Kurt Thorn, who finished top of the class at Shoreham-Wading River in 1992, had the rare distinction of being a national Westinghouse Science Talent Search winner at just 16 years old. The son of a Brookhaven National Laboratory scientist, he was Long Island’s first winner of the contest in 45 years. The win earned him $40,000 in scholarship aid and an appearance on the “Today” show. He went on to study chemistry at Princeton University and today, after a stint at Harvard, he works in molecular biology as an associate professor at the University of California San Francisco School of Medicine.

Mr. Thorn’s love of school and science grew from an internship at BNL and conversations on the drives home to Wading River with his dad, Craig.

“Definitely having that family influence was a big part of [my success],” he said. “But I also had great teachers at Shoreham who helped nurture my love of science. The internship and Westinghouse came from my teachers.”

Today, Mr. Thorn’s job is two-fold. He works in a core microscope facility, where the school partners with Nikon, training people and keeping the instruments running properly. He also does clinical diagnostic research, working toward advances in tools that detect food allergies in children.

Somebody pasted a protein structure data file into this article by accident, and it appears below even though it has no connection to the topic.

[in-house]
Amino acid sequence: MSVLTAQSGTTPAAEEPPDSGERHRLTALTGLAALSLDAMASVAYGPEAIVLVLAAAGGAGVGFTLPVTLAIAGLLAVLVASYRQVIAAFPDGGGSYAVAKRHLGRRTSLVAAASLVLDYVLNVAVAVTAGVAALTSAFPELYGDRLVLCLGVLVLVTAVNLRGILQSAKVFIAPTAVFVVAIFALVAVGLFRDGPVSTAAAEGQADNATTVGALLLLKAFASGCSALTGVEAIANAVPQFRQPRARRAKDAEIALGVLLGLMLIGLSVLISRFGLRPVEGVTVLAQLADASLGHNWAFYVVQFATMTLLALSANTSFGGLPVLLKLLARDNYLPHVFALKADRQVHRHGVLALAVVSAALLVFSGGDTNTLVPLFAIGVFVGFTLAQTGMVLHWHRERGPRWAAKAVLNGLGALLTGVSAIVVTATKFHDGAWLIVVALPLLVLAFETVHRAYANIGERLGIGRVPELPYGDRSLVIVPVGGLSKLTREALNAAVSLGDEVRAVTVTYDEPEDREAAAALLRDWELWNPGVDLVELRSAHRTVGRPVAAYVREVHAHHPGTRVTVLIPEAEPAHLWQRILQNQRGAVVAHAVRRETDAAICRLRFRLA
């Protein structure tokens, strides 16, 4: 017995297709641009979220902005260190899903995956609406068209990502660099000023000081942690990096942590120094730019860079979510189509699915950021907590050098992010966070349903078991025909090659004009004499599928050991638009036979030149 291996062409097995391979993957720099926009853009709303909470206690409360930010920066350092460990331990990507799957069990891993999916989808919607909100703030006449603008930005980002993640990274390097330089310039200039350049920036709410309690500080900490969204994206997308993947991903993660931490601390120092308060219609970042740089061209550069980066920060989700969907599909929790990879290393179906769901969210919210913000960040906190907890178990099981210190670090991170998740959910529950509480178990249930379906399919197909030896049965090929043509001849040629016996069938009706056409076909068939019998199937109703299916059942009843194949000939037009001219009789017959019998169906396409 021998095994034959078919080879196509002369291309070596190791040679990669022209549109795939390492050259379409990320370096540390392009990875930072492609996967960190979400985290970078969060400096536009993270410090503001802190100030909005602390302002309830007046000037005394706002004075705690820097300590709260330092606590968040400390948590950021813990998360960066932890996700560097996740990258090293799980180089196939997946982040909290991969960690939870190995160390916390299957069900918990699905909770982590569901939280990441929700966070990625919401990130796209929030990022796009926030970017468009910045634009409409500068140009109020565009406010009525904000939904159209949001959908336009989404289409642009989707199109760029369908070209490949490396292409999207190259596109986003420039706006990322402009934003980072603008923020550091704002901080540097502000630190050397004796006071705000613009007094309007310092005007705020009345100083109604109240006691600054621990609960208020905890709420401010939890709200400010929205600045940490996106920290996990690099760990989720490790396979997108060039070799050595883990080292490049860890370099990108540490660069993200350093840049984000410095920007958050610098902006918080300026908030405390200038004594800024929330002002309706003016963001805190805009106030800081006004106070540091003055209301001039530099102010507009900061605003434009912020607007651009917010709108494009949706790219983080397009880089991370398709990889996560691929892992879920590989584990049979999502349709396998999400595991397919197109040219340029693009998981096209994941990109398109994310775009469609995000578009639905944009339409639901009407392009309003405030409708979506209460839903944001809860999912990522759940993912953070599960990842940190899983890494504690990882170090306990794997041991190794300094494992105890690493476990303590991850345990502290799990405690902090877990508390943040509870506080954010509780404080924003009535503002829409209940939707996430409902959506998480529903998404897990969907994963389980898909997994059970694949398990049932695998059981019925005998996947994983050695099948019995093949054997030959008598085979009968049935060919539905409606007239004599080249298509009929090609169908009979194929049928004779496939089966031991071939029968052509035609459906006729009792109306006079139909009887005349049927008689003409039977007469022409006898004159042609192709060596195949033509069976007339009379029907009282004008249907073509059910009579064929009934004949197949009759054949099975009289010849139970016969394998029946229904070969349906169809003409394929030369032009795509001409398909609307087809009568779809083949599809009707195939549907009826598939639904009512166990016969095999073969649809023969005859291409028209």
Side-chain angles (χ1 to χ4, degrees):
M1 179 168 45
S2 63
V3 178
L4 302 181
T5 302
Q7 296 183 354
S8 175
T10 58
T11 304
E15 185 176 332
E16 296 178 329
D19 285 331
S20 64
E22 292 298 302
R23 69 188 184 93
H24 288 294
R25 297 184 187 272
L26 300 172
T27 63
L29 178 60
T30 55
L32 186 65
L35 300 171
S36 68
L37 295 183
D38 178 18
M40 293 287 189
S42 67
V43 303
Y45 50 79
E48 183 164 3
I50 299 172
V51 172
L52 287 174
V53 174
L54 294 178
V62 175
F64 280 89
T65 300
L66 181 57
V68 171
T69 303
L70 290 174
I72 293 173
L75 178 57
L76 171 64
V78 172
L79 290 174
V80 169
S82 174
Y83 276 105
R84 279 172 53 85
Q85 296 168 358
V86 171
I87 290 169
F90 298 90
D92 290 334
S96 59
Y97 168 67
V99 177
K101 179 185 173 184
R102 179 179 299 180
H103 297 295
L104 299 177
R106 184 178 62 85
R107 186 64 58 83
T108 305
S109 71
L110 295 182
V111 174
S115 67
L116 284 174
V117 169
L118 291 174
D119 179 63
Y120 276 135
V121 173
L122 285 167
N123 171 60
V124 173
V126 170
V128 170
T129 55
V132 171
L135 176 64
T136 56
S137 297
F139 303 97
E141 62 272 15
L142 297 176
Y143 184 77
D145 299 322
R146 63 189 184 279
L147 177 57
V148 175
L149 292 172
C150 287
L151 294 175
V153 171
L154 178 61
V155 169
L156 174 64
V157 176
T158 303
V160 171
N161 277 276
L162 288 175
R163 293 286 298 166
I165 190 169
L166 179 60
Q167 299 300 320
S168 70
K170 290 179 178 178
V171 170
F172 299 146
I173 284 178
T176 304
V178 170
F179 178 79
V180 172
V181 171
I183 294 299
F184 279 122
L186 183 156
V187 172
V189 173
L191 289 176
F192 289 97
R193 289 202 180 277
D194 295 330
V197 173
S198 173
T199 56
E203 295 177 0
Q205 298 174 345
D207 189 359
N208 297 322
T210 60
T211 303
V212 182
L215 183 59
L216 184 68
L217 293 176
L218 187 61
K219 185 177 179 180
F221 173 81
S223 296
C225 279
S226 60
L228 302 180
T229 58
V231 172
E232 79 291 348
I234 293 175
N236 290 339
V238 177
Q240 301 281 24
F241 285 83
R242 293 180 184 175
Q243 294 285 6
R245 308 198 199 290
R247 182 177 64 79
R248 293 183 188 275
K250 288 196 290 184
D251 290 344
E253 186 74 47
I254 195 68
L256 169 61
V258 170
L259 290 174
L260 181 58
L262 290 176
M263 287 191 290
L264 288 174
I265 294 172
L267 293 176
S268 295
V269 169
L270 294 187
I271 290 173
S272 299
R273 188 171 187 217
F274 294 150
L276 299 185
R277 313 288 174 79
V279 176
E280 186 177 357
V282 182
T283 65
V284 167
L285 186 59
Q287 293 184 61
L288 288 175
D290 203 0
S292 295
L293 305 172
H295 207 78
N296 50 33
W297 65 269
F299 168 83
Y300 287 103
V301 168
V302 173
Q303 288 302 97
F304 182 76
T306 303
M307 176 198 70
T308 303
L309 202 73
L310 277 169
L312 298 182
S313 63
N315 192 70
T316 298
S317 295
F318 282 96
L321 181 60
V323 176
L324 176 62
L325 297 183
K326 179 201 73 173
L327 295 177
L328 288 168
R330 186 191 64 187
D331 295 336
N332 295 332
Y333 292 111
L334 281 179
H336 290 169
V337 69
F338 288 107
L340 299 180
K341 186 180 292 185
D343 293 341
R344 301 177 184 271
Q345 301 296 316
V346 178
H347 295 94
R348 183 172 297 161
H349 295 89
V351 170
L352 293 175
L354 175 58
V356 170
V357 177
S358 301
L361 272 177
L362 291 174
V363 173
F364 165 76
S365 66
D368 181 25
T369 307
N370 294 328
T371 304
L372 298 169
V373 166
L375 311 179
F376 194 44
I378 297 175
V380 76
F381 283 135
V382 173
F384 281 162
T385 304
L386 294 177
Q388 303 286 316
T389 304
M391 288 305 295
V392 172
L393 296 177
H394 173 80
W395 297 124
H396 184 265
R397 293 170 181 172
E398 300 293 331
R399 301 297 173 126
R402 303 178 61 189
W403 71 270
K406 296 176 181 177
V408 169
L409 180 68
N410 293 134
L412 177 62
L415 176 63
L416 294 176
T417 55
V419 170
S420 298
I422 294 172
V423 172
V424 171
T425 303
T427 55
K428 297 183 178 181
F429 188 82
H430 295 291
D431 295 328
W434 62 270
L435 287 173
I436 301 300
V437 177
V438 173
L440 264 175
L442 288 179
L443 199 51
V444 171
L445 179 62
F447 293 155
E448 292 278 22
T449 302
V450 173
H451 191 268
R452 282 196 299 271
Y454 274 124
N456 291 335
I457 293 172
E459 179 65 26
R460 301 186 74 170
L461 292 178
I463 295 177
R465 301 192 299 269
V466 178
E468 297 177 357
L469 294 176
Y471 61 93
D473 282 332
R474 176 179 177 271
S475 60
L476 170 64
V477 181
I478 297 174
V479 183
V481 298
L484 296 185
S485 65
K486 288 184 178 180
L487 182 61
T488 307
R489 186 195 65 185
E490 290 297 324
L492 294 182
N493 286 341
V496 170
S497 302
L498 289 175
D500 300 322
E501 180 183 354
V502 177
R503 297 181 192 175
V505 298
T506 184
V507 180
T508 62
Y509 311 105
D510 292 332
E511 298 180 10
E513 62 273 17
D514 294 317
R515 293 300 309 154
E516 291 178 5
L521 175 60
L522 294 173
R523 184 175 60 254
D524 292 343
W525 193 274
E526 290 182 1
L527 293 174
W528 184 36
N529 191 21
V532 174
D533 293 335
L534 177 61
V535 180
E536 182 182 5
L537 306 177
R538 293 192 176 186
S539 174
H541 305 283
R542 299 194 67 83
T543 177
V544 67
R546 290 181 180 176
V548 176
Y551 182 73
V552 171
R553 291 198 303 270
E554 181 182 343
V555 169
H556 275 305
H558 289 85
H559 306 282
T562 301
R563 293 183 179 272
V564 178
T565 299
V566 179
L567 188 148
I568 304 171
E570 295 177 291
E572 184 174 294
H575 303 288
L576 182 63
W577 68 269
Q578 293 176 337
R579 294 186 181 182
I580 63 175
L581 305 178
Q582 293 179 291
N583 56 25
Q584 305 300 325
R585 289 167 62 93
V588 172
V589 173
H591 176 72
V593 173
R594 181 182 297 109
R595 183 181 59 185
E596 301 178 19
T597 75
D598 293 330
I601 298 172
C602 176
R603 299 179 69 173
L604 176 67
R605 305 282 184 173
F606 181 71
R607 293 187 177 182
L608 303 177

“We’re in a position to make a real difference,” he said.

One theme common among the valedictorians interviewed for this story is that they have committed much of their lives to helping others.

Mr. Reeve, now retired and splitting his time between Southold and Charlotte, N.C., does advocacy work for individuals with disabilities. He serves as chairman of the North Carolina Council on Developmental Disabilities, working for the governor on employment solutions and general quality of life improvements for those with impairments.

Ms. Woodberry volunteers as treasurer for an nonprofit that helps children from low-income areas strengthen their academic skills through an educational summer camp.

For more than 30 years, Dr. Polatnick has worked treating diseases of the nervous system that affect vision. She is also a clinical instructor in the ophthalmology department at the University of Loyola Health System.

“I get to see a variety of patients and solve their problems,” she said. “There’s an interesting puzzle aspect of it.”

Another theme with several of these valedictorians is that they have remained engaged in academic endeavors.